|LeBron James ‘glad’ dunk came against Jason Terry||03.20.13 at 2:14 pm ET|
By now, you’ve seen LeBron James‘ monster dunk over Jason Terry that will probably go up against DeAndre Jordan‘s posterization of Brandon Knight for the NBA’s Dunk of the Year. Well, apparently so has LeBron.
“I’ve had a chance to [review] it, and it was one of my better ones,” James told ESPN.com two days after Miami’s 105-103 victory in Boston. “The fact that it happened to J.T. made it that much sweeter. Because we all know J.T. and he talks too much sometimes. And I’m glad it happened to him.”
The beef began when Terry’s Mavericks defeated LeBron’s Heat for the 2011 NBA title. It continued on the eve of Monday’s Celtics-Heat battle, when Terry declared in his diary: “I know ways to beat them,” and, “The blueprint is right here before us and we know it.” Strong words from the 6-foot-2, 180-pound C’s guard.
Then again, so were LeBron’s in the immediate aftermath of earning a taunting technical for standing over Terry like Godzilla over his own carnage. “I seen him down there,” James said Monday. “I guess he didn’t see me.”
Pretty sure he saw LeBron, who stands six inches taller and weighs 70 pounds more than Terry.
|Donny Marshall on M&M: ‘I did not have a problem’ with Paul Pierce’s last shot||03.19.13 at 1:37 pm ET|
In the Celtics‘ 105-103 loss to the Heat on Monday night, Green scored a career-high 43 points. In two of the games that Kevin Garnett has missed due to injury, Green has started and stepped up big time, combining for 74 points.
“From what I understand, [in] last night’s game, KG was in [Green’s] ear as well before, telling him to be that guy that he was,” Marshall said. “Your shots are going to be different obviously when KG comes back. He’s not Carmelo [Anthony] by any means. He’s not going to take 20, 25 shots, and it may make it easier for Jeff when KG comes back. If I’m a wing player, I throw the ball into KG, I know heads are going to turn. If they don’t go double-team when KG is playing well, they’re still going to have to respect him. That means now it’s my opportunity, my job to cut to the basket, to move without the basketball, and KG is such a great passer that Jeff Green I think will still get that quality shot. … At times, you have to be selfish for your team, meaning you may have to take those shots. You may have to take different risks when you’re out there, and that’s how you, I think, gain the respect of your teammates and also let them know that, ‘OK, I’m here to help you,’ and not just put everything on Paul [Pierce] and KG.”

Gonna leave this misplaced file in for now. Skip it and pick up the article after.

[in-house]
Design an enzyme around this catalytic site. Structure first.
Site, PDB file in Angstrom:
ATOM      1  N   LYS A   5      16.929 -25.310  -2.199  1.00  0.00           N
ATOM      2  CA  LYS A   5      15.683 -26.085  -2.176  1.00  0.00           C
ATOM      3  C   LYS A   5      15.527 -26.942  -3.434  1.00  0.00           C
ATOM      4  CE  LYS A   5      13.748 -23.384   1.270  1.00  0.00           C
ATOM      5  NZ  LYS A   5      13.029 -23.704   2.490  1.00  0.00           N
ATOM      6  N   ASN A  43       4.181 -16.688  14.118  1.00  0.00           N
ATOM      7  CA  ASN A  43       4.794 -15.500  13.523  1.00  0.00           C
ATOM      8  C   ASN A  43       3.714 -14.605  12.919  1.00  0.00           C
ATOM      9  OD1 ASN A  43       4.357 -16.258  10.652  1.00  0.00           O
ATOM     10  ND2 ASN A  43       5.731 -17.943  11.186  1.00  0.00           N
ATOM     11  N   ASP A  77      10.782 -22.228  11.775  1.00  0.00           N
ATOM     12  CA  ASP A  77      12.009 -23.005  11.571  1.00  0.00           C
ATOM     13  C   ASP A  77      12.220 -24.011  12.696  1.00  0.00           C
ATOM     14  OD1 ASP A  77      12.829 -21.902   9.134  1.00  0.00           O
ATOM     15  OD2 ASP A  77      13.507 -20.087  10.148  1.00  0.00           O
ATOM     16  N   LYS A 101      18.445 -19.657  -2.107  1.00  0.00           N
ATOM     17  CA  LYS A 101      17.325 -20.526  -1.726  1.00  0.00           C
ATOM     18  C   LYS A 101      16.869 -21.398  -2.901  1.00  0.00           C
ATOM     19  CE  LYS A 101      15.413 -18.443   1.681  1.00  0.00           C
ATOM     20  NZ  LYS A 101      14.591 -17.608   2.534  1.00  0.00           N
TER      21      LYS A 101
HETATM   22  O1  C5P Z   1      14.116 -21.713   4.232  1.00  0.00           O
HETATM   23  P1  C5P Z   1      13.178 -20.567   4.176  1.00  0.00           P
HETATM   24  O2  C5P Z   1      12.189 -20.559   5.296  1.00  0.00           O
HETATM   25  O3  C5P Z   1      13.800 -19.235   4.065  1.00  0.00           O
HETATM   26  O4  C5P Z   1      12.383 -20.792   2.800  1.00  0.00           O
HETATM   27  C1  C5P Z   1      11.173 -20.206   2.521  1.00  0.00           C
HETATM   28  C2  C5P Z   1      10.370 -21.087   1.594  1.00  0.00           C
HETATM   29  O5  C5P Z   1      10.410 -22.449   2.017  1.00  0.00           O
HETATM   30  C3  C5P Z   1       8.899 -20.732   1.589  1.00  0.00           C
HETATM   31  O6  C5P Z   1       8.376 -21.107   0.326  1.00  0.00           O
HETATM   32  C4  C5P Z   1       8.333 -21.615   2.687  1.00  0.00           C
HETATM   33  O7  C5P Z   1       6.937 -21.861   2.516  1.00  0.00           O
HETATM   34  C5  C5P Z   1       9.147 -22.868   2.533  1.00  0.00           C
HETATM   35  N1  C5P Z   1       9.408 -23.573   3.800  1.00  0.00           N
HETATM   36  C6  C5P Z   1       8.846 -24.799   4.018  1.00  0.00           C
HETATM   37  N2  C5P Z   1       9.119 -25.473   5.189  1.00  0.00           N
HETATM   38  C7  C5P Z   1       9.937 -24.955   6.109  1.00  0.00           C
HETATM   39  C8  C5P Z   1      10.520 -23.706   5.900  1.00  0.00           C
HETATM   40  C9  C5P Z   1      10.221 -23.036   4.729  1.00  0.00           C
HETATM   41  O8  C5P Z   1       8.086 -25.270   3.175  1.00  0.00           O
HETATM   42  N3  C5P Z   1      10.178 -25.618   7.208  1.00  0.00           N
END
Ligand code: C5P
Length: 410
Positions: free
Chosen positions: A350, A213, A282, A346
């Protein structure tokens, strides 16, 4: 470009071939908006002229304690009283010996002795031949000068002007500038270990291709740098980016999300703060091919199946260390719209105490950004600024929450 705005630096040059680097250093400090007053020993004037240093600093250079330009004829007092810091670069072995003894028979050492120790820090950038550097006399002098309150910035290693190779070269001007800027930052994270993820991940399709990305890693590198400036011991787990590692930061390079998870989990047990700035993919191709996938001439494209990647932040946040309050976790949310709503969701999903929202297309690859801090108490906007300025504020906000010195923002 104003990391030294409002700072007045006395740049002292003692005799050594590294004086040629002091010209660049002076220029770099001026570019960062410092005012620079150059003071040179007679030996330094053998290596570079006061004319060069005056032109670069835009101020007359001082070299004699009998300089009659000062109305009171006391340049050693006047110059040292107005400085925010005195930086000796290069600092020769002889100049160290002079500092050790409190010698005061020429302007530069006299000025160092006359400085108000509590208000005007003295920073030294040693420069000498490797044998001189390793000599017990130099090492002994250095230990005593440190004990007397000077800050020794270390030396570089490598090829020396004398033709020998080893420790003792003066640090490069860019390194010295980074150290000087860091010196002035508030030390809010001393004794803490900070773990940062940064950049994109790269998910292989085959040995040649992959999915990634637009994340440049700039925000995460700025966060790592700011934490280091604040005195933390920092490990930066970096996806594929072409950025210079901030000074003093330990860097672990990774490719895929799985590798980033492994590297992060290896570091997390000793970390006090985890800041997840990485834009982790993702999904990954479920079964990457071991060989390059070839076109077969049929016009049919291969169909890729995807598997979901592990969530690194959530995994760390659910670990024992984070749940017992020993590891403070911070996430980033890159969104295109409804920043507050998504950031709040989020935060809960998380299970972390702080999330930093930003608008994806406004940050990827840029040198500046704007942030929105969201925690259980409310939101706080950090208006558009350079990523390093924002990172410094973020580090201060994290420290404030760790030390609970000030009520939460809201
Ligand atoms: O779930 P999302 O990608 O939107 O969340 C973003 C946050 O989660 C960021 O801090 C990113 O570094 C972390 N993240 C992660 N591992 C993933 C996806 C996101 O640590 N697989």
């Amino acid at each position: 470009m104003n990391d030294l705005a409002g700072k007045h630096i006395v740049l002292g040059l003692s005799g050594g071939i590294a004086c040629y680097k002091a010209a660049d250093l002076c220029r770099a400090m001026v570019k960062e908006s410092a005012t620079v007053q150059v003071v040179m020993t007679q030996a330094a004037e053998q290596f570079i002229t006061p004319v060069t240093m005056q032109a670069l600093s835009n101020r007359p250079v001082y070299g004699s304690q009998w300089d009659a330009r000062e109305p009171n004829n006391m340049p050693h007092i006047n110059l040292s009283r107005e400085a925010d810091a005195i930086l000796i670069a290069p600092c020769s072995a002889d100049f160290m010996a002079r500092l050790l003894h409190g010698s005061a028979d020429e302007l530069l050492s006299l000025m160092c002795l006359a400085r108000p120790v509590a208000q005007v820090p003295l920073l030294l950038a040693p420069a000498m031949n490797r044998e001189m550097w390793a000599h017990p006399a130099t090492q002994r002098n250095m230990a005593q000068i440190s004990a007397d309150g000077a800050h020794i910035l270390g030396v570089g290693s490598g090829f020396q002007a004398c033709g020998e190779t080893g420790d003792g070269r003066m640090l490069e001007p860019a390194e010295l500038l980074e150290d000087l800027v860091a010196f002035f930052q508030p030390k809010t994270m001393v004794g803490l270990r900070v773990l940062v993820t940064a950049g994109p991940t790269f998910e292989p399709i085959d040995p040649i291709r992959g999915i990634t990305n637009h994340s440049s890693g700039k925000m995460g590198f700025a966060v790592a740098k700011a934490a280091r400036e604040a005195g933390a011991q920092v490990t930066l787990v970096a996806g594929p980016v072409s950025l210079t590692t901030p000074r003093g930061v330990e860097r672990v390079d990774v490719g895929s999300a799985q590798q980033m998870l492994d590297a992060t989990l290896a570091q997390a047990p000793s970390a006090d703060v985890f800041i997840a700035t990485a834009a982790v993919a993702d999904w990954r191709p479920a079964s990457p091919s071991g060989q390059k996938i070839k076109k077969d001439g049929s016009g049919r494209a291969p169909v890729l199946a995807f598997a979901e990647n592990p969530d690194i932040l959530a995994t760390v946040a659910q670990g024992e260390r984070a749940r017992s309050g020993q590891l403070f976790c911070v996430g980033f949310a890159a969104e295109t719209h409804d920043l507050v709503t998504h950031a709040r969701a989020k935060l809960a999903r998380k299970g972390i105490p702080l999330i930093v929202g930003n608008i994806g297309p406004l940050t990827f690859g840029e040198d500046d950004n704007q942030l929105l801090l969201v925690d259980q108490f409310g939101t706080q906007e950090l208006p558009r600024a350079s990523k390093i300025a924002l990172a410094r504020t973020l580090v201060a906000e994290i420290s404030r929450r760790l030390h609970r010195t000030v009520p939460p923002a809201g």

With Green’s excellent play of late, Doc Rivers may have some thinking to do when Garnett returns. For most of the season, Green has come off of the bench, with players like Brandon Bass getting the starting nod.
“They tried to bring Brandon off the bench and I just don’t think his personality is fit for coming off the bench,” Marshall said. “I don’t think he’s one of those ‘go get it’ guys. You don’t run anything for him in the post. If you think about where most of his shots come from, they come off drive, draw and kick to that little 16-, 14-foot area. So, Brandon Bass is not going to be one of those guys that you’re going to showcase off the bench. So, I don’t know how you go about bringing him off the bench. I think you almost have to keep them in there and keep some semblance of interior with Bass on the floor.”
With the Heat’s two-point victory, they now have the second-longest winning streak in NBA history at 23 games. With seven seconds left, Pierce attempted a fadeaway 3-pointer that clanked off the rim, all but ensuring the Heat win.
“If that shot goes in and it’s Terrence Williams or somebody you’re like, ‘Still probably not a great shot and he got lucky,’ Marshall said. “If Pierce makes that shot, we’re like, ‘There’s Pierce. That’s his legacy, that’s what he does.’ LeBron James to me is not as good a defender as everyone wants him to be. … You have a situation in LeBron James that people think, ‘Oh, great defender. [Pierce] had to get that shot off quick.’ I really don’t believe laterally that LeBron is that great a defender. There are better defenders in the NBA, but he’s so big and so explosive that if Pierce catches that, pump fakes, I don’t think LeBron goes for it. If he does, Pierce is probably going to take one dribble and step back. That’s what he does. … The shot was a little early, but I did not have a problem with that shot because of who took it, and really what the situation was.”